At every baseball game, head coach Kirk Bock fills in his scorecard and logs the game in his registry as a victory or as a defeat. With 606 wins and 153 losses recorded, his devotion to the game of baseball runs deep.
With his first childhood memories consisting of spending time with his father, Coach Billy Bock, on the baseball field at Sylvan Hills at seven-years-old and spending the evenings and weekends watching games and recruiting team members alongside his dad, it’s no wonder his love of the game is strong.
“My dad coached for 44 years,” says Kirk. “My father was a very successful coach. Bouncing around the state was a part of my life. I went to four high schools in three years.” Billy Bock won championships in football, baseball, tennis, golf, boxing, and basketball. It was the early inspiration of his father that lead Kirk to play baseball.
In college, Kirk played catcher for the University of Central Arkansas under the training of coaches Ronnie Kerr and Jack Fulmer and began as an assistant coach following graduation. “I learned everything I possibly could under Ronnie Kerr and Jack Fulmer,” says Kirk. “They were two of best coaches I’d ever had.”
Kirk credits Kerr and Fulmer for setting him on the path of life he has today. “They recruited me and found me a roommate, and through my roommate, I met my wife.” Kirk and his wife Lillian have been married for 27 years, and they have two children Garret and Caroline.
“Kerr and Fulmer cared about you more as a person than a player,” says Kirk. “He set a good example, which I also had at home, but when you get to see that outside of the home, that’s special.”
Following his job at the University of Central Arkansas, Kirk took a new coaching job with Northwest Missouri State as a graduate assistant for two years where he also served as the pitching and hitting coach for the baseball team under Coach Jim Johnson. “Jim Johnson taught me how to organize a program and as well as how to organize myself,” says Kirk. “I was not a morning person, but I quickly learned how to become one.”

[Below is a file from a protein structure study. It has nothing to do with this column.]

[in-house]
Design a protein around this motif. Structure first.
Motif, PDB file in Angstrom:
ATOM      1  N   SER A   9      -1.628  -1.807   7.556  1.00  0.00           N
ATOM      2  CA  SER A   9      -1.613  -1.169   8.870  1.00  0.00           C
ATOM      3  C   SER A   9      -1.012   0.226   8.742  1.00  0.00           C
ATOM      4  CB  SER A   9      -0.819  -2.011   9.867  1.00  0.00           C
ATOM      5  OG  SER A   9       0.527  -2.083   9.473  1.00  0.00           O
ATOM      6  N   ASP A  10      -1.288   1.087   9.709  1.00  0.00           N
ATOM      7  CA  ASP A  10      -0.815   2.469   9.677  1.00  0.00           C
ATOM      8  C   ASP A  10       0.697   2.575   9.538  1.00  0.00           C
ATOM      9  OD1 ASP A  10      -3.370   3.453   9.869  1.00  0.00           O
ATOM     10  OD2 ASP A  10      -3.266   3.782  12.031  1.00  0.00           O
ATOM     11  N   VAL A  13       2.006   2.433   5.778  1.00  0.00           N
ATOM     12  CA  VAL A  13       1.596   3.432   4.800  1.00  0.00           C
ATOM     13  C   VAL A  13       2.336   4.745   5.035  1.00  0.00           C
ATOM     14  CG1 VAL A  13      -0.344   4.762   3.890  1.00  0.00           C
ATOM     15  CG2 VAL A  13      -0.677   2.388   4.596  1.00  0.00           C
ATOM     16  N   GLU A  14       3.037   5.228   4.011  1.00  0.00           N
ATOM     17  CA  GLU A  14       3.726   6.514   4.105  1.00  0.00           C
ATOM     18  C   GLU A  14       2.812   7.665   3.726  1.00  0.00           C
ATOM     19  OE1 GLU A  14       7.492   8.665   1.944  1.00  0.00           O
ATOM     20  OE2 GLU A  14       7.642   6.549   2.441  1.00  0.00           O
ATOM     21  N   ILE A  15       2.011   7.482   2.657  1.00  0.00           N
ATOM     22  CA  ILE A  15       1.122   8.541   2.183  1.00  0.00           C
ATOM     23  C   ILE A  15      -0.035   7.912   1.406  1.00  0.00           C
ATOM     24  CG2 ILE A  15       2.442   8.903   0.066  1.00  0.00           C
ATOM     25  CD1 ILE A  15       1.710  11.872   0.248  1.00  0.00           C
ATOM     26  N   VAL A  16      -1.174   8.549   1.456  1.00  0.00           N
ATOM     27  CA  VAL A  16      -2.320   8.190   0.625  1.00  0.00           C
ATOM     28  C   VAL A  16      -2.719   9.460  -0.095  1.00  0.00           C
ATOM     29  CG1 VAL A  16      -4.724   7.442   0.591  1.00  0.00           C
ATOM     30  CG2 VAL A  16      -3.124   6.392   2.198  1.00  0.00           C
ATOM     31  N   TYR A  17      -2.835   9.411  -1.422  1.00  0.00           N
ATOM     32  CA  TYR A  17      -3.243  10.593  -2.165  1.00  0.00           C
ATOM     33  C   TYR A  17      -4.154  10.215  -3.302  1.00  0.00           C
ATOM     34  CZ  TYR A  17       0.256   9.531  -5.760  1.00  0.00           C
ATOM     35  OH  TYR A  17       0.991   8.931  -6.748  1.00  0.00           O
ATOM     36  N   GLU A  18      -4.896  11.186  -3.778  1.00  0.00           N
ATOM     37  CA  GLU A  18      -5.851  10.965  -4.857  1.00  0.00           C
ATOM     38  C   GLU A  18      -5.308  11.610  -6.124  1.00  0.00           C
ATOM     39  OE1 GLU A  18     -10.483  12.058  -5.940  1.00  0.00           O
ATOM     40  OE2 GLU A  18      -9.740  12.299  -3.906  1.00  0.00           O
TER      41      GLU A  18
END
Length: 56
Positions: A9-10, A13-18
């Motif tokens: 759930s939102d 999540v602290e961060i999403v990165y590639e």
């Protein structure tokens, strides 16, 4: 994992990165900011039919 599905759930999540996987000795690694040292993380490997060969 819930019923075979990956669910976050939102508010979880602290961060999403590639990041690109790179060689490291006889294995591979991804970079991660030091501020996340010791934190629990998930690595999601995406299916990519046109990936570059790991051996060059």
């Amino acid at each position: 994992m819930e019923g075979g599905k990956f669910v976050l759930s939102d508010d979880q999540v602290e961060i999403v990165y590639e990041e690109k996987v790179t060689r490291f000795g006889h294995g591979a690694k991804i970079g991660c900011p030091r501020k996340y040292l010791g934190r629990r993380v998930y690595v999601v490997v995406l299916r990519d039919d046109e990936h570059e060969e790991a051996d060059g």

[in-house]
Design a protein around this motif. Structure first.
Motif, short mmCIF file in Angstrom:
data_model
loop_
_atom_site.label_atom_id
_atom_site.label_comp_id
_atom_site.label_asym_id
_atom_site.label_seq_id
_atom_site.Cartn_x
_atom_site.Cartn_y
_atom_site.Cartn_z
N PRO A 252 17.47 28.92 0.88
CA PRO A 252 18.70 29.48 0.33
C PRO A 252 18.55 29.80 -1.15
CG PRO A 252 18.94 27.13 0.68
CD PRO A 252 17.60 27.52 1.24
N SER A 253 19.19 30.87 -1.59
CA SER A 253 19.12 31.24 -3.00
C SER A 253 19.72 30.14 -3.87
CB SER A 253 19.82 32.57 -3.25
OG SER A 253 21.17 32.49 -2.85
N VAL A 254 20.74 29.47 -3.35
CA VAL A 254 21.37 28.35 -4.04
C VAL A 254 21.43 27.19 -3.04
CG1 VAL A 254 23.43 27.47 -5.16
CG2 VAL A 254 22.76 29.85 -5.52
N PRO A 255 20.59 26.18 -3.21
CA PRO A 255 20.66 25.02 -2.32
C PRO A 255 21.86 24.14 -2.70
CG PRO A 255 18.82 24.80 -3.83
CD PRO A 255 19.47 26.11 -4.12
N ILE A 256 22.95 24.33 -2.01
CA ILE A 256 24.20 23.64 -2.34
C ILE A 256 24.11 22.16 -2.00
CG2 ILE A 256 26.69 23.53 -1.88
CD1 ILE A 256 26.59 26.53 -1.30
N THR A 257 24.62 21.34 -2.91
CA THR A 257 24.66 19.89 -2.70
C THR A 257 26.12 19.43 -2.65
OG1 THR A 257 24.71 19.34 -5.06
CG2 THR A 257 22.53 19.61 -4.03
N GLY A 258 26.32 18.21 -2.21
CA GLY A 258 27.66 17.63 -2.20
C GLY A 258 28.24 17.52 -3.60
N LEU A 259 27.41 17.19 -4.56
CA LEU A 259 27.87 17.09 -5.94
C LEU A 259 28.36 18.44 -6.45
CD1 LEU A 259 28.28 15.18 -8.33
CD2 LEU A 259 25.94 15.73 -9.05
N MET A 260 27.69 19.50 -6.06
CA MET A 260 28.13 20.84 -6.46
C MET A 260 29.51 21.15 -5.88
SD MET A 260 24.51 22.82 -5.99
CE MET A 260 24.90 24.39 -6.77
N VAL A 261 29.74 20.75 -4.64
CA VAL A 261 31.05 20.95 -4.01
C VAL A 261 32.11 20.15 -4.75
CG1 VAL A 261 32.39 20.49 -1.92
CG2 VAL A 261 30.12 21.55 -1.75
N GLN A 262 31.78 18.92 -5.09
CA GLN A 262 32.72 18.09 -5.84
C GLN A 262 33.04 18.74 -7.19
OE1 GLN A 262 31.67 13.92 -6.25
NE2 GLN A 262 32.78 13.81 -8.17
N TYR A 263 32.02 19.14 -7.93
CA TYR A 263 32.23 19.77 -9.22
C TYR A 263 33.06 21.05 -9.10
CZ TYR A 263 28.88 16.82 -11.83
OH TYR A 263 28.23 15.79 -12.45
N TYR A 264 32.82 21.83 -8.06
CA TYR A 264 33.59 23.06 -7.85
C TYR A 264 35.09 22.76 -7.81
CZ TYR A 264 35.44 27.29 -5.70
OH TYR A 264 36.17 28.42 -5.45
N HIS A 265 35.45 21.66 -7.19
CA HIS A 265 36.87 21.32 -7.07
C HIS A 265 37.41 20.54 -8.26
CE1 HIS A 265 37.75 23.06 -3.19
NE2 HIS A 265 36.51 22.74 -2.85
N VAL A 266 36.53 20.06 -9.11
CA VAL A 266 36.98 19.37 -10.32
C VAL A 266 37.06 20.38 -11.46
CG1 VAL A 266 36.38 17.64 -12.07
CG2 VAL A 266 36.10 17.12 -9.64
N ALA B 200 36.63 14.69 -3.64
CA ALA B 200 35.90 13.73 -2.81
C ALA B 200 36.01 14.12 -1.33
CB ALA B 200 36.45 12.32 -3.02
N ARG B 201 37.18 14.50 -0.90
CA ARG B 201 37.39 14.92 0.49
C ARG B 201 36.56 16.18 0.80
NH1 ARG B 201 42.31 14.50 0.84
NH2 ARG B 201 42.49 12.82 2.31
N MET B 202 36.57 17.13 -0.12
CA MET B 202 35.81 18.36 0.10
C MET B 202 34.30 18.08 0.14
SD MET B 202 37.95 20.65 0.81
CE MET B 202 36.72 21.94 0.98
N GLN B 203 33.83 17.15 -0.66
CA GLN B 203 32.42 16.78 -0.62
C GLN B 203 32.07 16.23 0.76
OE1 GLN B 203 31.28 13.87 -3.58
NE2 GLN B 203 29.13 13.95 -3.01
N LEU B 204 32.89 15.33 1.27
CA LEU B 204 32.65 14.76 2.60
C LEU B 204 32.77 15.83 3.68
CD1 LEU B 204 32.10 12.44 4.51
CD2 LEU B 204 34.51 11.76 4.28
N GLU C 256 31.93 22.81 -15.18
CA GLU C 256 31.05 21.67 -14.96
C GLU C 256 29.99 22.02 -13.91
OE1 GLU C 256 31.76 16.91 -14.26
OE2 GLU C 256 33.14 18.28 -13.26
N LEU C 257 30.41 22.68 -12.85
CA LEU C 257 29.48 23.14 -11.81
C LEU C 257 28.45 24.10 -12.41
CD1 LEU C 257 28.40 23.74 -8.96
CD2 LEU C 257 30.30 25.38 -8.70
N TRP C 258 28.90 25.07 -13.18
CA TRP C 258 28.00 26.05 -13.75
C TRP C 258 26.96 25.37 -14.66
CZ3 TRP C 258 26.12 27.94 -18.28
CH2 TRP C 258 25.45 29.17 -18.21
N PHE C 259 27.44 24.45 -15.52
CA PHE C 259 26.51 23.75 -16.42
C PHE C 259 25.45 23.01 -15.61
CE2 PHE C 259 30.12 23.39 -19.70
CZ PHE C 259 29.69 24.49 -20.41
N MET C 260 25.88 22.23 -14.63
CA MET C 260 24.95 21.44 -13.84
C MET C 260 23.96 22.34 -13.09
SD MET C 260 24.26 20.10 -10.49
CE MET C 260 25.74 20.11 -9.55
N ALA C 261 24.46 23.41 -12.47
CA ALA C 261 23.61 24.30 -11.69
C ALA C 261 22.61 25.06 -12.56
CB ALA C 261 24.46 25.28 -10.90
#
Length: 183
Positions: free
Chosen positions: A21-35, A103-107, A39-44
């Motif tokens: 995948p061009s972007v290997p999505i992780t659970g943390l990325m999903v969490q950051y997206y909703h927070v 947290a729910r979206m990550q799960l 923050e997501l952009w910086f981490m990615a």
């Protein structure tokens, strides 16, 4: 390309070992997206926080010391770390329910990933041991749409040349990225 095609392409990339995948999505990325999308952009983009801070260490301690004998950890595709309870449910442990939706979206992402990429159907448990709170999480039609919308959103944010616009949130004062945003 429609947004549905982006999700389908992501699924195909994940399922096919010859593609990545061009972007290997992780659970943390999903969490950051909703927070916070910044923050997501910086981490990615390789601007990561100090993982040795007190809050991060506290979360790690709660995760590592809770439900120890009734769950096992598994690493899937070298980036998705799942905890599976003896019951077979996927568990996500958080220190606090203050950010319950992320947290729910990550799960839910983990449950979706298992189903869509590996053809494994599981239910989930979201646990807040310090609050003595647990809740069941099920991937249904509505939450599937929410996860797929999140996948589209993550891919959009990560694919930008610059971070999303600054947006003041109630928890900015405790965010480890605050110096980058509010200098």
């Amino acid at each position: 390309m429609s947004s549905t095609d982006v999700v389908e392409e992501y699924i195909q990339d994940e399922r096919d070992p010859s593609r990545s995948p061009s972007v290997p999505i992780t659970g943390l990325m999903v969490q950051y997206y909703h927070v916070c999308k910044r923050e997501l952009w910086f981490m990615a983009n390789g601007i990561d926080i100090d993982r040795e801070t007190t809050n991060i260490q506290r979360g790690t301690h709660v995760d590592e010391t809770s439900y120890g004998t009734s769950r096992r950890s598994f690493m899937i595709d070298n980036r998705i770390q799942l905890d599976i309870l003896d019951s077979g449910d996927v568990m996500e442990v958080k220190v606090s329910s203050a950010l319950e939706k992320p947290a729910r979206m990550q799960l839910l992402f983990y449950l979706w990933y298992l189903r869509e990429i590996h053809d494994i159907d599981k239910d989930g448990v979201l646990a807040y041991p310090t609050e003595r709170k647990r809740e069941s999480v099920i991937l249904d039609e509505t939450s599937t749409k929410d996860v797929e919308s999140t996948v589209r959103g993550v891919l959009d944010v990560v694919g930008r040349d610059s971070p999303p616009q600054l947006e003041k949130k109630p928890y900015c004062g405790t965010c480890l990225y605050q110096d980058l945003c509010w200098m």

With a great deal of experience of coaching college teams, Coach Bock turned his sights to returning to the Natural State. There he and his family moved to Mountainburg, Arkansas where he served as the head coach of the junior high football team, defensive coordinator for the high school football team and head coach of the high school baseball team.
Now that Kirk was coaching 7th-12th graders instead of college kids, he could feel the responsibility of every decision he made affecting the program. Mountainburg Athletic Director Chris Nolan and Coach Tom Herald provided him a chance to lead. “My dad would always say, ‘Who you are will get you somewhere, but it’s what you know keeps you there,’” says Kirk. “Everyone knew my dad, and he helped me secure that job, but I had to prove myself to stay there.”
Kirk relied on what he had learned from his father and coaches to inspire his players to be their best. “One of the things that I tell our players is that every decision you make directly affects someone else,” says Kirk. “Whether you are having a good day or a bad day it always directly affects someone in your life and your teammates.”
Serving as a coach for nearly 30 years, he’s taught hundreds of students, each of players leaving an indelible impression.
“As a coach, I’ve been a best friend, a parent, and worst enemy to some kids and some don’t like what you have to say,” says Kirk. “You try to do the right thing for the kids, and it makes me feel good about what I’ve chosen to do for a living.”
In 2009, Kirk took the head coaching position for the Bryant High School baseball team. He led the team to state championship titles in 2010, 2012, 2014 and 2016. Also in 2016, Kirk received the National Federation of State High School Associations (NFHS) Coaches Association, National Coach of the Year for Boy’s Baseball.
In 2003, Coach Bock’s father collapsed at the baseball state tournament and passed away that year. As far as traditions go, Coach Bock begins and ends every game the same way, thinking of his Dad. “He could have retired ten years sooner, but he loved it,” says Kirk. “He coached all the way to the end.”
After a lifetime of playing, coaching and researching the game of baseball, Kirk attributes remaining a constant student to his success as a coach. “When you quit learning you need to quit coaching,” says Kirk. “Having the humility to know when and how to teach and realizing that everyone is not the same is key.”